skinny-healthy-confident

fitandtattooed:

gizmoklo:

sunnystrong:

doleful-capricious:

tentacletherapissed:

sixpackofswole:

sunnystrong:

"Wait…fit people have rolls too??!"

Yes, yes they do

Reblogging this not only because it’s what we people need to hear but also because I’m in love with this room.

THIS LITERALLY CHANGED MY LIFE THANK YOU

Probs not the same person

Yes u r so right. I took a picture of myself on the top and then photoshopped my sports bra and top of my spandex and scar on my stomach onto someone else’s stomach and then my pillowcase and sheets and wall just to make this post to trick all these ppl!!!!!! wow u caught me in the act red handed what shall I ever do now!!!????!

This human is a good human. We all need this reminder sometimes.

always reblog

fitfullyhealthy-meagan
chasefear:

Easy Run: These light runs are best done at a conversational pace. Meaning, if you can’t run and recap last night’s episode of “The Bachelor” at the same time, you’re going too fast!
LSD: Excuse me?! No, not that LSD. In this case, the acronym stands for long slow distance, or the week’s longest run. The only kind of trippin’ runners might be doing out on the road is over their own shoelaces.
Recovery Run: Also lovingly referred to as “junk miles,” a recovery run is a short, slow run that takes place within a day after a long, harder run. This teaches the body how to work through a fatigued state - a dress rehearsal many runners will be thankful for at mile 19 of a marathon!
Speedwork: Aimed at improving running speed, these types of workouts can include intervals, hill repeats, and tempo runs (all explained below). In addition to getting faster and increasing endurance, speedwork, well, usually hurts a lot, too!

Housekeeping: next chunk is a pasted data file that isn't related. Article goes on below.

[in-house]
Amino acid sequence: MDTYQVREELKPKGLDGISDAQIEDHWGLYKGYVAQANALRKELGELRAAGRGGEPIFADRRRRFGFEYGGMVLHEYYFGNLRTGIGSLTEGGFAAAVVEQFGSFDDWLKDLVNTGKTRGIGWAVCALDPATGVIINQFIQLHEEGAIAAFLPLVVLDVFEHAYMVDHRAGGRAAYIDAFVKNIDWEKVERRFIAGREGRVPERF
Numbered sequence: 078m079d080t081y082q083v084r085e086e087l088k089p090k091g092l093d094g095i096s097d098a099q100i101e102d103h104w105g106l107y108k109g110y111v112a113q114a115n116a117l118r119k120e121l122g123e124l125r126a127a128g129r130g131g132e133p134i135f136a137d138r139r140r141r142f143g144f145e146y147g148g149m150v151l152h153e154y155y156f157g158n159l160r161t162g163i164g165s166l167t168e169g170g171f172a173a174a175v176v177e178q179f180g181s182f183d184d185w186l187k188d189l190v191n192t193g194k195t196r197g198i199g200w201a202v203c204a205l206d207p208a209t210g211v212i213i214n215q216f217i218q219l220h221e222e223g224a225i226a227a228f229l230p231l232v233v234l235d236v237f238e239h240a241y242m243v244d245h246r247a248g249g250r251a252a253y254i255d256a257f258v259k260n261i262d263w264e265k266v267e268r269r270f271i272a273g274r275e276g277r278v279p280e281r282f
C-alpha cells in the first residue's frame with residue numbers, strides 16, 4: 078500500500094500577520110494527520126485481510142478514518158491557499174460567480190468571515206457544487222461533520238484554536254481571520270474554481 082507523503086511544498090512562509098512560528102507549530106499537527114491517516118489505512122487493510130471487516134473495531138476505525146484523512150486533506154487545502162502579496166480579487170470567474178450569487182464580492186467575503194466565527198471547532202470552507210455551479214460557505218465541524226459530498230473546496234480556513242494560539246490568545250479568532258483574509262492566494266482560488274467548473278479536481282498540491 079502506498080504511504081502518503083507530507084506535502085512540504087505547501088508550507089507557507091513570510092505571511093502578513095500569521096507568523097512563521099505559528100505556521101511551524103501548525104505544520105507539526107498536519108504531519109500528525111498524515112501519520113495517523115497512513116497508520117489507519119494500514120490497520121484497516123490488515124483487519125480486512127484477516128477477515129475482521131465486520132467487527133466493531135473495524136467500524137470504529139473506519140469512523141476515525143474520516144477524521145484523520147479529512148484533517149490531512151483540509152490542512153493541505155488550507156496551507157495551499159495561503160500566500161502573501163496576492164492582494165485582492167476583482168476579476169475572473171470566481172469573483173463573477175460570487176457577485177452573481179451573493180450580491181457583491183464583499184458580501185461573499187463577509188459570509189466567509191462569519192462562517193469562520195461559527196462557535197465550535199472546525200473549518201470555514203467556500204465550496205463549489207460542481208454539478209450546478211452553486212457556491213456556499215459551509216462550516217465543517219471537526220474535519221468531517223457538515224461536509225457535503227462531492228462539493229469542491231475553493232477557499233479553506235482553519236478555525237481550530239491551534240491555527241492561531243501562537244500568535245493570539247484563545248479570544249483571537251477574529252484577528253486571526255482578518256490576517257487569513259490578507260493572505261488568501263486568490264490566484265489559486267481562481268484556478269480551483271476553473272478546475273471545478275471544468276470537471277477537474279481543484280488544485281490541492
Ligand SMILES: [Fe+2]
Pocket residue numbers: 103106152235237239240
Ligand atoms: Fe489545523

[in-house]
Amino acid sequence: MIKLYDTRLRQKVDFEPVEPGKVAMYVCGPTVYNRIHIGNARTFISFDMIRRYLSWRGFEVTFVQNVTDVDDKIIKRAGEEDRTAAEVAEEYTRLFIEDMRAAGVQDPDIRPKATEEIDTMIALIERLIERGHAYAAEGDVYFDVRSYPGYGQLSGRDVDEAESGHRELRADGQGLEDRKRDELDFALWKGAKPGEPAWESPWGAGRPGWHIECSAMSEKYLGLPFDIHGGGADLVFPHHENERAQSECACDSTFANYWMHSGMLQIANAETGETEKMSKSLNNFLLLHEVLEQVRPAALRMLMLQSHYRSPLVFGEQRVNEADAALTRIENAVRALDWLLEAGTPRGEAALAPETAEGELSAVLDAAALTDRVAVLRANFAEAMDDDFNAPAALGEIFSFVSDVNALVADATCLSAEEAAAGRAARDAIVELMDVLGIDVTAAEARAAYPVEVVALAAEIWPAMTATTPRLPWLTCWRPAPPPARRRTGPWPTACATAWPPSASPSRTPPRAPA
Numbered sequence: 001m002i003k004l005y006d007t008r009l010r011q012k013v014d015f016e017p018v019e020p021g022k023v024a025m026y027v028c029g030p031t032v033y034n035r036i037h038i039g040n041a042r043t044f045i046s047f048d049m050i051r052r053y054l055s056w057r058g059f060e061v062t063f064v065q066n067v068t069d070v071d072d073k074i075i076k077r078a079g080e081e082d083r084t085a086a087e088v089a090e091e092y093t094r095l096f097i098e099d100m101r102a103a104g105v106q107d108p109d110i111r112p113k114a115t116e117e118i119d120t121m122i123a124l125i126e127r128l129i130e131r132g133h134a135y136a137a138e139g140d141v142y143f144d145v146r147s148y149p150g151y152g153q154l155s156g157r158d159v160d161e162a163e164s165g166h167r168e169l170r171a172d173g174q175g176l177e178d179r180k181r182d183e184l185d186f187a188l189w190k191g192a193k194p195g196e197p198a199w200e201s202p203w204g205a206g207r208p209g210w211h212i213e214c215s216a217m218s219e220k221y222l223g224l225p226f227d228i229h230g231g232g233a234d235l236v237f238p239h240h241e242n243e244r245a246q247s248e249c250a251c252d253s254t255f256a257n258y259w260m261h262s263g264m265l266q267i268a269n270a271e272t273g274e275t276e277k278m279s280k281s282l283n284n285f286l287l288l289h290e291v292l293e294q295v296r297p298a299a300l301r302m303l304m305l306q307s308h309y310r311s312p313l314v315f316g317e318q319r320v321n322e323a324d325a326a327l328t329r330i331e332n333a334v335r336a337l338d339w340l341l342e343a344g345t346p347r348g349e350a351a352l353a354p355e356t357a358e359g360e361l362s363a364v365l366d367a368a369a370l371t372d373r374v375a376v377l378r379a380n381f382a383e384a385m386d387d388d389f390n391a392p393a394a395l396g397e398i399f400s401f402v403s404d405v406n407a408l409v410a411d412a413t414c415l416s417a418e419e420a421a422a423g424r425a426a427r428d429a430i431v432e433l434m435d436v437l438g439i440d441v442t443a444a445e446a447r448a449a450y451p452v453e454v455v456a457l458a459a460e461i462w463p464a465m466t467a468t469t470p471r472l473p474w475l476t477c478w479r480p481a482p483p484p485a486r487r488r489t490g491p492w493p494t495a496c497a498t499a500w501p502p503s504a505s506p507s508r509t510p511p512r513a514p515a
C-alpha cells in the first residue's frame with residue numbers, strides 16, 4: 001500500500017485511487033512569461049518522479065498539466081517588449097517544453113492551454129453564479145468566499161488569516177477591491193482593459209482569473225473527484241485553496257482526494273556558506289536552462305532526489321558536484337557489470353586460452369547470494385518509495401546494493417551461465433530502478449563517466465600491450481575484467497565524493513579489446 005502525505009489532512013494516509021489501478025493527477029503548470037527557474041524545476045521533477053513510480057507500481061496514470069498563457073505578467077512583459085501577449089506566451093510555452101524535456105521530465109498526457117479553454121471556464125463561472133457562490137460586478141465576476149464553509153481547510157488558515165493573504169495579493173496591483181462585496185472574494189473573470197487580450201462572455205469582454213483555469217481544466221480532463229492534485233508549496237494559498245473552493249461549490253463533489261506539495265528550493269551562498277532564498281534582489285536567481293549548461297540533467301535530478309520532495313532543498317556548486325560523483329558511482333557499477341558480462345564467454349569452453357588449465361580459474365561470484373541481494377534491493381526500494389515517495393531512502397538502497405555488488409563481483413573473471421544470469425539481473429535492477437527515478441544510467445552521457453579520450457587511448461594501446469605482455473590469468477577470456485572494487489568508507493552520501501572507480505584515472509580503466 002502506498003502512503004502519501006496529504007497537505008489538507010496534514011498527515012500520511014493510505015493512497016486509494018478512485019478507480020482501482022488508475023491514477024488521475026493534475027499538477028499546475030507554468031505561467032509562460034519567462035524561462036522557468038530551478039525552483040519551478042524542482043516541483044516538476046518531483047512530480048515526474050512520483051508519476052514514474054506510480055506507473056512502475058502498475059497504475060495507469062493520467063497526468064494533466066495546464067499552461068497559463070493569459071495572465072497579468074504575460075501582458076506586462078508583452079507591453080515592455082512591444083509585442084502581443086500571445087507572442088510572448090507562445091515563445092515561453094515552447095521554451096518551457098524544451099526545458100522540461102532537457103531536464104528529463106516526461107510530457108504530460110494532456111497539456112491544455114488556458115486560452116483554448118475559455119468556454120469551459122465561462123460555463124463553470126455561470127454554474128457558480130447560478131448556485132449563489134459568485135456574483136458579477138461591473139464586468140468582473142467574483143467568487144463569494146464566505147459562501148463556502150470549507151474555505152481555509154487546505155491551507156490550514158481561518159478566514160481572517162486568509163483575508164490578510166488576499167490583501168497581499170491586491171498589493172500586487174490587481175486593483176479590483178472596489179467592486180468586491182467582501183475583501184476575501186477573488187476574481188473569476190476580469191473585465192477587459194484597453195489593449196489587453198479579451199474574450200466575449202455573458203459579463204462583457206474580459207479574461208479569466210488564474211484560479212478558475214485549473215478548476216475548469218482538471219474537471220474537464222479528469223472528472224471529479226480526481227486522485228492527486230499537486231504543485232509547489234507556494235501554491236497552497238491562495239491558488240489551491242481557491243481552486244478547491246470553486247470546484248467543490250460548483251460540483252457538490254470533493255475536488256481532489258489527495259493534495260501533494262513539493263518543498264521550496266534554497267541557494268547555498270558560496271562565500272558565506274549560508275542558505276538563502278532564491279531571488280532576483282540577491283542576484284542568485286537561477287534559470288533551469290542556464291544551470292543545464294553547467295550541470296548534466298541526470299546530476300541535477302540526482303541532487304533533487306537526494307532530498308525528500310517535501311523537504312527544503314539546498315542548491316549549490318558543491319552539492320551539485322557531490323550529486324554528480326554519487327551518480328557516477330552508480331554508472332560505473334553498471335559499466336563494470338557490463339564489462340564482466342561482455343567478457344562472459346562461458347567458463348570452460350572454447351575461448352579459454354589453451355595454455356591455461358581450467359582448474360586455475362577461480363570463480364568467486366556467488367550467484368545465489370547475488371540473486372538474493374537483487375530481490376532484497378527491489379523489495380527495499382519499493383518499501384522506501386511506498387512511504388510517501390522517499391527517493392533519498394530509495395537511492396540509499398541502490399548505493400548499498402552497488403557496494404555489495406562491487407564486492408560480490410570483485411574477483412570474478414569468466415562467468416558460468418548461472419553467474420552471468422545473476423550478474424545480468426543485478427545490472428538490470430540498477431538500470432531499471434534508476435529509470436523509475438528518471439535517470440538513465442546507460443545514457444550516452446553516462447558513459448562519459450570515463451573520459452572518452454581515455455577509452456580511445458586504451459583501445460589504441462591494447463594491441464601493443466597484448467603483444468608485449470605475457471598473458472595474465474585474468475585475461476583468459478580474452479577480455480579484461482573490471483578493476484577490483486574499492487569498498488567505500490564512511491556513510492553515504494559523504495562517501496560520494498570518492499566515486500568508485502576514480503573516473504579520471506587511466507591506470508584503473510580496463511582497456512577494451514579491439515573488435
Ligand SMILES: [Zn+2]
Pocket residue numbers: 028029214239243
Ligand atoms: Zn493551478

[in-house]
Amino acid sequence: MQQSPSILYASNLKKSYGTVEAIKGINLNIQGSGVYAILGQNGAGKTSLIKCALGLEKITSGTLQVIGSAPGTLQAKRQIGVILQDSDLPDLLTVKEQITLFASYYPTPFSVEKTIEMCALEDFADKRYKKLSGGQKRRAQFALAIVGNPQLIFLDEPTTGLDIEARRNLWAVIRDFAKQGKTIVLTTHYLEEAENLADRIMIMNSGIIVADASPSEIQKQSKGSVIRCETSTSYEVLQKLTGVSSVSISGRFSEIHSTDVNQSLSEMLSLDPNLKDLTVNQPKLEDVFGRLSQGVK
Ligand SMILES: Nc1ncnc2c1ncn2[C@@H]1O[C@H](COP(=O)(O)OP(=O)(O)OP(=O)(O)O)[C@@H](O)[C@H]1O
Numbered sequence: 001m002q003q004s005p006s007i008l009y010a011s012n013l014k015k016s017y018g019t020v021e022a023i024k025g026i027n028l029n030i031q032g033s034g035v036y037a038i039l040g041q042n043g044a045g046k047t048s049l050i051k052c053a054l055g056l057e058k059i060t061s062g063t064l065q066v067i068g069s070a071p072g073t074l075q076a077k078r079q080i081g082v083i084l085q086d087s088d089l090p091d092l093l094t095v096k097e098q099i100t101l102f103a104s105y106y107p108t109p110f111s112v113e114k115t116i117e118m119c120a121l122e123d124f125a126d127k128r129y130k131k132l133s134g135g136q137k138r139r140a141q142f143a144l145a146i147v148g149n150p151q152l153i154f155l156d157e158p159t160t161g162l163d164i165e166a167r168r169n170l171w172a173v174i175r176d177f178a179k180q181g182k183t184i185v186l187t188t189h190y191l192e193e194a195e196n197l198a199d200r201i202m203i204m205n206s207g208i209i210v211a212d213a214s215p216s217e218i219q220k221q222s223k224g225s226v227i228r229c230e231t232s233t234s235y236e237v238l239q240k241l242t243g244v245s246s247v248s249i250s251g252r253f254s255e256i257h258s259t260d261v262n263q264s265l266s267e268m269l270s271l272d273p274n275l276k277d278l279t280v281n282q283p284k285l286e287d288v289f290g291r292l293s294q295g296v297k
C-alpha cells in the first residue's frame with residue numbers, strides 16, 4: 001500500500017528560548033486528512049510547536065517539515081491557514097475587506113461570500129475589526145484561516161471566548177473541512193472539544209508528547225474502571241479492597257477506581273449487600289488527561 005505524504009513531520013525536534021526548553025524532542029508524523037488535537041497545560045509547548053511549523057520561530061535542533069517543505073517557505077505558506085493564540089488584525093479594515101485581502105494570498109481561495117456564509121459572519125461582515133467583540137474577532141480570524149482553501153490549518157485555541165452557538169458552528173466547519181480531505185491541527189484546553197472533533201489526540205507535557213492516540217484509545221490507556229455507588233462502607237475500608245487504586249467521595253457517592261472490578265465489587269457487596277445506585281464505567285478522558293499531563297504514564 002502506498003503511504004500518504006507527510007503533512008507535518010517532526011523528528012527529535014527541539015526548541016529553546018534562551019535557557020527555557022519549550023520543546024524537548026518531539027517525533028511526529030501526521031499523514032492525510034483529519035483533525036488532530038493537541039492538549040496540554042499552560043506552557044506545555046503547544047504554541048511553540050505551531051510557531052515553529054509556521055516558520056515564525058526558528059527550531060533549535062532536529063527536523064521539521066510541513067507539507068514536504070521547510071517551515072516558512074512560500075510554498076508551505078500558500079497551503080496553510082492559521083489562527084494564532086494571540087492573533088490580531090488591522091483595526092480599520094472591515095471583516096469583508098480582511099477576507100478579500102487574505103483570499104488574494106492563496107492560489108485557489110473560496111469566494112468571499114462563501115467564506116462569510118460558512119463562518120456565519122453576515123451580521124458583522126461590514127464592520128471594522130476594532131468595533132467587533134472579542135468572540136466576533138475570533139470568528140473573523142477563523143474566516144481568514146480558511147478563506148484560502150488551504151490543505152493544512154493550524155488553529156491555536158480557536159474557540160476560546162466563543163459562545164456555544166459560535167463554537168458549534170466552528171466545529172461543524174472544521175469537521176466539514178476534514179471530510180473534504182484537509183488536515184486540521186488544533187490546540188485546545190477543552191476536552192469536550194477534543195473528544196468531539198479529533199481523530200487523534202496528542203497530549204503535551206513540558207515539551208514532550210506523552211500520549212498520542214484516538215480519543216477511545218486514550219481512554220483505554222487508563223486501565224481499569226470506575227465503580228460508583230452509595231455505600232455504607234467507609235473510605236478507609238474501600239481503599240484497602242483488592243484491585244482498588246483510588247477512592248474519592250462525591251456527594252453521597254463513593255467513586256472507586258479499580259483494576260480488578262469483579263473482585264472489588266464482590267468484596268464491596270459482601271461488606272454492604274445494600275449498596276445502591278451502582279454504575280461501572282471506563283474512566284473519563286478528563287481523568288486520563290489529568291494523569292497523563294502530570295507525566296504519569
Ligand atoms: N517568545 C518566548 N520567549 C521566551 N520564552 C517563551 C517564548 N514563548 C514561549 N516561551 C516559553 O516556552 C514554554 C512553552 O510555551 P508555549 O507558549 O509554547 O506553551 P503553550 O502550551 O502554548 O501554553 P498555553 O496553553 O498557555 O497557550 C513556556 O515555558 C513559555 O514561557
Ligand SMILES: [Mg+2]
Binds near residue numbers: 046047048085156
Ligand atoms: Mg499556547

Interval Training: By alternating specific time periods of specific high and low intensity during a run, intervals are just one way to get faster, build strength, and see calories melt away.
Hill Repeats: Runners make like Jack and Jill and go up the hill (again and again) in this other cruel form of speedwork. Heading up at a 5K pace and recovering down at an easy jog or walk, the number of hill repeats per workout depends on experience and fitness levels. But the benefits from the pain? Speed, strength, and confidence!
Fartleks: A fartlek not only makes us giggle, it’s an easier form of speedwork for beginners. Meaning “speed play” in Swedish, fartleks are easy runs broken up by quick sprinting bursts. When changing speed though, the runner calls the shots (unlike more rigid intervals). So newbies can make it as fast and as hard as they can handle. That’s what she said.
Tempo Run: Usually done just once a week, tempo runs are a tougher form of speed training. Runners challenge themselves to hold a “threshold” (or comfortably hard) pace for a 20-minute period during a run - along with a good warm-up and cool down, of course.
Pick-Ups: Short, gentle increases in speed, or pick-ups, at the end of a run help aid recovery. Sorry, they unfortunately have nothing to do with these cheesy lines.
Strength Training: Runners need muscles, too! Among its many other benefits, strength training, or exercises performed with or without weights (think push-ups, squats, and planks), helps runners become stronger and prevent injuries. Their bodies take quite a beating while hammering it out on the road, so they need all the help they can get.
Cross-training: Runners should also squeeze in time for cross-training, or sports and exercises other than running that improve overall fitness and strength. Great examples of cross-training for runners include cycling, swimming, yoga, water running, and weight training.